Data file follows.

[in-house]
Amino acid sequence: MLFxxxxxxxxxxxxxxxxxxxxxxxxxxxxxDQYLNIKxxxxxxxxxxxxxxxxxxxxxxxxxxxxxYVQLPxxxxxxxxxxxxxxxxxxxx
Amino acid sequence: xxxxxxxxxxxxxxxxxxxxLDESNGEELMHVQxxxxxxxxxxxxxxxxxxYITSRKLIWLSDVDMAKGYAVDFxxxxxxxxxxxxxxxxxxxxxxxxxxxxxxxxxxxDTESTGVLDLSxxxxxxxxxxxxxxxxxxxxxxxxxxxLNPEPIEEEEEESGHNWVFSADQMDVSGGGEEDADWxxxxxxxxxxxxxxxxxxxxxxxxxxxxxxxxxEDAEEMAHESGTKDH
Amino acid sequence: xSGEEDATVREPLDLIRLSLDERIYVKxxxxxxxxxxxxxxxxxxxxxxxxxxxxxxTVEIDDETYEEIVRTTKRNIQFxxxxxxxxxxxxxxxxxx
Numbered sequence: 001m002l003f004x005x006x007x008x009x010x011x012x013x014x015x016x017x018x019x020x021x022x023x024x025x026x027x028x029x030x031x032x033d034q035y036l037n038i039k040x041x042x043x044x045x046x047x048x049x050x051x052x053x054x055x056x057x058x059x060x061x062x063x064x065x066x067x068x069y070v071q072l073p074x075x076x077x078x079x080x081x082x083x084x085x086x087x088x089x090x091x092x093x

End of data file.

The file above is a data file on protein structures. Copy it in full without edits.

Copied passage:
[in-house]
Amino acid sequence: MLFxxxxxxxxxxxxxxxxxxxxxxxxxxxxxDQYLNIKxxxxxxxxxxxxxxxxxxxxxxxxxxxxxYVQLPxxxxxxxxxxxxxxxxxxxx
Amino acid sequence: xxxxxxxxxxxxxxxxxxxxLDESNGEELMHVQxxxxxxxxxxxxxxxxxxYITSRKLIWLSDVDMAKGYAVDFxxxxxxxxxxxxxxxxxxxxxxxxxxxxxxxxxxxDTESTGVLDLSxxxxxxxxxxxxxxxxxxxxxxxxxxxLNPEPIEEEEEESGHNWVFSADQMDVSGGGEEDADWxxxxxxxxxxxxxxxxxxxxxxxxxxxxxxxxxEDAEEMAHESGTKDH
Amino acid sequence: xSGEEDATVREPLDLIRLSLDERIYVKxxxxxxxxxxxxxxxxxxxxxxxxxxxxxxTVEIDDETYEEIVRTTKRNIQFxxxxxxxxxxxxxxxxxx
Numbered sequence: 001m002l003f004x005x006x007x008x009x010x011x012x013x014x015x016x017x018x019x020x021x022x023x024x025x026x027x028x029x030x031x032x033d034q035y036l037n038i039k040x041x042x043x044x045x046x047x048x049x050x051x052x053x054x055x056x057x058x059x060x061x062x063x064x065x066x067x068x069y070v071q072l073p074x075x076x077x078x079x080x081x082x083x084x085x086x087x088x089x090x091x092x093x